3. Home Improvement: Power Tool Pursuit!
It’s sometimes strange to think that the Tim Allen sitcom Home Improvement was once big enough for developer Imagineering to justify turning the show into a video game. It’s always strange to think that the Home Improvement video game largely consists of Tim Allen battling dinosaurs, robots, and mummies in order to recover lost tools that appear to be easily replaceable.
In many ways, this game represents a generation of licensed games that desperately tried to turn any somewhat popular property into something kids might rent for a few days or even buy. The game even includes an instructional manual that simply states “Real Men Don’t Need Instructions” (a joke that sadly captures the spirit of the show rather nicely). I can’t help but be a little impressed that someone managed to convince their boss that they should make a game where Tim Allen shoots dinosaurs in the face with a nail gun. Then again, what else could you possibly do with a Home Improvement game for the SNES?
It’s probably a little more accurate to call Drakkhen “confusing” rather than “weird,” but I ultimately feel that it belongs in that second category as well. After all, what’s weirder than a sprawling RPG narrative that was originally written in English, adapted by a French development team, translated into Japanese, and then re-translated into English for very confused SNES fans?
Even if Drakkhen’s story wasn’t an incomprehensible mess, the rest of the game would have still been a confounding disaster. It was always a bad idea to try to port one of the most ambitious PC RPGs of its era to the SNES (especially during the console’s earliest days), but trying to play this thing reveals a series of truly weird design decisions. Characters die at random, certain monsters become invincible for no apparent reason, and most combat sequences are determined by chaotic randomness. You pretty much have to follow a very specific series of steps to survive this apparently open-ended RPG, which is certainly one of the weirdest things you can say about that kind of game.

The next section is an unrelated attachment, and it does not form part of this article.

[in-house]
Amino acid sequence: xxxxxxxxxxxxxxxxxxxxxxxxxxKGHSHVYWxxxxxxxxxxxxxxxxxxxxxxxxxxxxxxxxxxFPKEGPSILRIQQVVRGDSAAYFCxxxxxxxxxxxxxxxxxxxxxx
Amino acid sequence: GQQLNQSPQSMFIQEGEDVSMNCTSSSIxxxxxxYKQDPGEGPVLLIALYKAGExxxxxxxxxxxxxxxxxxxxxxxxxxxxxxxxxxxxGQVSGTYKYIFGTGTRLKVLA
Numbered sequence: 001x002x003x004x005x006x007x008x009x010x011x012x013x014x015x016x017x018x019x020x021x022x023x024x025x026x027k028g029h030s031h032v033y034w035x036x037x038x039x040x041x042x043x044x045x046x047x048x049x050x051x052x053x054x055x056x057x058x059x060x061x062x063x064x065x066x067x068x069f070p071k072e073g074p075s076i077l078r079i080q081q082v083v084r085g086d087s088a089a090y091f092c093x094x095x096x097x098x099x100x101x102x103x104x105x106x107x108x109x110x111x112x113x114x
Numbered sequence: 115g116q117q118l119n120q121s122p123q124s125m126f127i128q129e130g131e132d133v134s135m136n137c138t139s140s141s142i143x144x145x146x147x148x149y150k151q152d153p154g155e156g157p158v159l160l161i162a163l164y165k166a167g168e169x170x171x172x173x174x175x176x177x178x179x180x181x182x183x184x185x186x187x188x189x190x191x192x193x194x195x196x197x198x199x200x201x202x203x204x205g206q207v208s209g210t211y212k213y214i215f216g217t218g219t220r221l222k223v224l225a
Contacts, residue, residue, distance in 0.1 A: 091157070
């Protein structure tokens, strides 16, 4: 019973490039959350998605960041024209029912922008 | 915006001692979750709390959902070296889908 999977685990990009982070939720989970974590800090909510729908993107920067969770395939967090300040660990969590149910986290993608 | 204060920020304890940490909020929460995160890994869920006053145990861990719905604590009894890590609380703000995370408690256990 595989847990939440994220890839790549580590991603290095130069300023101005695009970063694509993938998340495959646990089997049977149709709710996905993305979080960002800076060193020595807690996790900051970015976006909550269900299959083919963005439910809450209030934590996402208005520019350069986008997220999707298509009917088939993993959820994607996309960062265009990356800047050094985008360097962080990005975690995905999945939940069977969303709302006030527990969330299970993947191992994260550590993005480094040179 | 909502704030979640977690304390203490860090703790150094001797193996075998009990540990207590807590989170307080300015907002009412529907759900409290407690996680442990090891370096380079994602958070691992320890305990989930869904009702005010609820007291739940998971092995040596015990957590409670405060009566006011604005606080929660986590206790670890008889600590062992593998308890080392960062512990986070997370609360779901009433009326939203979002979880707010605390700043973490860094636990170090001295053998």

1. BS The Legend of Zelda: Ancient Stone Tablets
What if I told you that Nintendo made a spiritual sequel to The Legend of Zelda: A Link to the Past that featured an original storyline, new dungeons, special timed events, and even voice acting. You’d probably want to know how you can play it as soon as possible, right? Well, that’s when I’d be forced to tell you that in order to officially play the game, you’ll need to travel back in time to 1997, go to Japan, and try to beat that game across one-hour play sessions spread out over a couple of years.
BS The Legend of Zelda: Ancient Stone Tablets was broadcast via the ill-fated BS-X Broadcasting System add-on (a.k.a. the Satellaview) for the Super Famicom. The game was only broadcast to BS-X users for one hour a week during specific timeframes (it was basically an interactive television program). Each broadcast of the game was slightly different than the one before (different episodes of the same show), and after the broadcasts finished in 1998, it was never officially released in any other capacity.
As wild as the entire BS-X concept is, the thing I can’t wrap my head around is the idea that Nintendo developed what was essentially a Link to the Past sequel and never bothered to release it via any other format. Sure, they pulled a similar trick with a SNES remake of the original The Legend of Zelda that was also released for the BS-X, but why did they relegate such a potentially significant project to that device? For that matter, why have they never tried to formally re-release this incredible part of Zelda history that a lot of fans would almost certainly love to finally play?